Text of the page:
Firearm Fit: * * * *
Very good fit across a variety of holsters. Shells molded with attention to critical areas of retention.

Retention: * * * * *
Provides retention the way a holster is supposed to. Engages the firearm in the critical areas without creating too much friction. Wide mouth of holster allows for easy and safe holstering.

Durability: * * * * *
The top-notch materials used in the holster hold up extremely well to wear. Expect years of service from this holster.

Finish: * * * * *
This holster is finished as well as anyone could want; clearly hand-detailed. The stitching of the backers layers is near-perfect and the leather is very good grain – soft, yet dense, and well-stained. The Kydex used to create the shells is high-quality and the carbon fiber pattern is outstanding.

Overall: * * * * *
Ultimate Holsters’ Cloud Tuck Rapid holster is highly comfortable, reliable, lightweight, and delivers a great fit, smooth draw and easy holstering. Handcrafted to order with high-quality materials, this holster can also take a beating. The Cloud Tuck Rapid’s antimicrobial pad simply can’t be beat.

Specifications: Ultimate IWB Spare Mag Pouch (Carbon Fiber Finish)

Price as reviewed (carbon fiber finish): $45.00 MSRP

Ratings (out of five stars):

Design: * * * *
Designed to match Ultimate Holsters’ firearm holsters, the Spare Mag Pouch literally makes it a matching set. Utilizing the same minimalist approach as its counterpart, the carrier takes up little space and is very lightweight. Great adjustability.

Magazine Fit: * * * *
Very good fit to all magazines, regardless of capacity. Bullets facing forward or rearwards is a great must-have option.

Retention: * * * * *
Includes standard four-position rubber washer adjustability to keep magazines engaged until needed.

Durability: * * * * *
The top-notch materials used in the holster hold up extremely well to wear. Expect years of service from this mag carrier.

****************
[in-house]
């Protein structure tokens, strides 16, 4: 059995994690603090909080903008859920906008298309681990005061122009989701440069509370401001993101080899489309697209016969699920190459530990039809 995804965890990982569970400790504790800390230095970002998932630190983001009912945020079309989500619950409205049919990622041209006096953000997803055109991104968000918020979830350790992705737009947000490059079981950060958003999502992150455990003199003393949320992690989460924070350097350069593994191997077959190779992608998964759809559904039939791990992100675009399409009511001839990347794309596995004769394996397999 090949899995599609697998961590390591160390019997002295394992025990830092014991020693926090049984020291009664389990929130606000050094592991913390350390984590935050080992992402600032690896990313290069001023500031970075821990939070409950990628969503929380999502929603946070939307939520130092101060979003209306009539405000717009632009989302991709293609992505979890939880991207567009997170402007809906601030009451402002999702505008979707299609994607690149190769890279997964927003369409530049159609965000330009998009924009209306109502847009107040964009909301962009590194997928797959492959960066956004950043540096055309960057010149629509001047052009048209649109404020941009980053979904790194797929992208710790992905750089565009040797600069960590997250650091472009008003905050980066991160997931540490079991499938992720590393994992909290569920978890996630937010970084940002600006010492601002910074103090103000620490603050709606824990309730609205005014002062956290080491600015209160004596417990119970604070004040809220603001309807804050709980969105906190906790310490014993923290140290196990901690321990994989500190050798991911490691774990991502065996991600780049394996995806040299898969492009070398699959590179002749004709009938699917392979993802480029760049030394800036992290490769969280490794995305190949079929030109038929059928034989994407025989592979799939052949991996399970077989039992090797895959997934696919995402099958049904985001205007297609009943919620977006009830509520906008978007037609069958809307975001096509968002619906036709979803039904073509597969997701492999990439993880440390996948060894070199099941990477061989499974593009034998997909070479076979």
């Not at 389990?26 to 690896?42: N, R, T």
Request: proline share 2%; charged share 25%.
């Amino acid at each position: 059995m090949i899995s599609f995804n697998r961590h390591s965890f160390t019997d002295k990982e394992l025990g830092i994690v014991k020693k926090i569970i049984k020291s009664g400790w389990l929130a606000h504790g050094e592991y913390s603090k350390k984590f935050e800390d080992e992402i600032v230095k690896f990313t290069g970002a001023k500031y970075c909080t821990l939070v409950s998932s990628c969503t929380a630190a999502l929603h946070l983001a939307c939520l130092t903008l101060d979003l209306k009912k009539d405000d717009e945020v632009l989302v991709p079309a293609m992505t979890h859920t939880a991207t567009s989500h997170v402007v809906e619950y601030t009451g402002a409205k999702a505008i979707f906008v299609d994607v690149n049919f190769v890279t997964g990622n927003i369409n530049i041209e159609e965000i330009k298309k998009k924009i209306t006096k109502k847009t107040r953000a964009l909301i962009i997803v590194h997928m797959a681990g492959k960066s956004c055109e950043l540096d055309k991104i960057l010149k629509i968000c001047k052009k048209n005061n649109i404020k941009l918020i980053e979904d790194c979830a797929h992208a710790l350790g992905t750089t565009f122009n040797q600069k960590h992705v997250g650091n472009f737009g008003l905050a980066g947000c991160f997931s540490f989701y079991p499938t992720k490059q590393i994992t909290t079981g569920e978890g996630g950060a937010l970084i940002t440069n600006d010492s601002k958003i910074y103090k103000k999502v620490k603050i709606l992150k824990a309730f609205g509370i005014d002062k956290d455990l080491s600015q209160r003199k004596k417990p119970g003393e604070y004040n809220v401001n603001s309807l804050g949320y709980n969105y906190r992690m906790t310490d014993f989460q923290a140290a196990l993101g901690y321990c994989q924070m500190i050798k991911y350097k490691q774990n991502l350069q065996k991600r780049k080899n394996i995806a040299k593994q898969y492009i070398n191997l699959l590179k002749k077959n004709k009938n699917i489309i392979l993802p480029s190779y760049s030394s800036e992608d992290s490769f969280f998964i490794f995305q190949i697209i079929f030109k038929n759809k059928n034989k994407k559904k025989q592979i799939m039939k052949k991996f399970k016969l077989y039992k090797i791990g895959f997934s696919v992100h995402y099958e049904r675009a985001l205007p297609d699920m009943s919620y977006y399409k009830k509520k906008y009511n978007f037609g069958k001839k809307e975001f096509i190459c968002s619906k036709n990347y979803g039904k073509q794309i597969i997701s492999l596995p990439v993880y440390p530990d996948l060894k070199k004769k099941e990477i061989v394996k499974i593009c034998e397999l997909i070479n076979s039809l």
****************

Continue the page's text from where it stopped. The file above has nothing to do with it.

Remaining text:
Finish: * * * * *
The Mag Pouch is finished with a very high level of detail and care. Stitching of the backer is near-perfect and the leather is very good grain – soft, yet dense, and well-stained. The Kydex used to create the shells is high-quality and the carbon fiber pattern really pops.

Overall: * * * * *
With quality mirroring their holsters, the Ultimate Holsters Ultimate IWB Spare Mag Pouch is a top-notch companion for the Cloud Tuck Rapid – or any holster, for that matter.

Posted in Product Reviews Tagged with: , , , , , , , , , , , , , ,

November 16th, 2016 by asjstaff

For more than 50 years, Triple K has been a ‘go-to’ manufacturer for American-made magazines, grips and leather products.

STORY AND PHOTOS BY FRANK JARDIM

Scores of firearms-related businesses have come and gone, but family-owned Triple K has produced their American-made core product line for more than 50 years.

Many shooters know the California-based company for their popular civilian and police holsters and leather equipment, and gun collectors worldwide know them as the first, best and often only source of replacement magazines for vintage autoloading pistols and rifles.

More recently, they’ve developed an equally solid reputation for reproduction rubber and wood grips and buttplates for all manner of historic handguns and shotguns. The company’s slogan is “If it’s rare, obscure or collectable, Triple K has you covered,” and they truly do. I called them once for magazine for a century-old Belgian Bayard pocket auto. Not only did they have it in stock, company president Kurt Krasne knew the part number by heart.

A Triple K employee creates one of the company’s leather holster products at the factory in San Diego, Calif.

A Triple K employee creates one of the company’s leather holster products at the factory in San Diego, Calif.

HIS FATHER, JERRY KRASNE, CREATED Triple K in 1963, and named it after his children – Kim, Kurt and Karen. In 1946, Jerry’s father and grandfather had started a family department store that sold inexpensive men’s clothing and World War II military surplus, and Triple K was originally an offshoot of that business. Jerry graduated from Stanford with a BA in economics and joined the business in 1952. He expanded the store to include firearms and sporting goods. They were increasingly successful, but Jerry recognized there were bigger business opportunities outside their local retail market in manufacturing.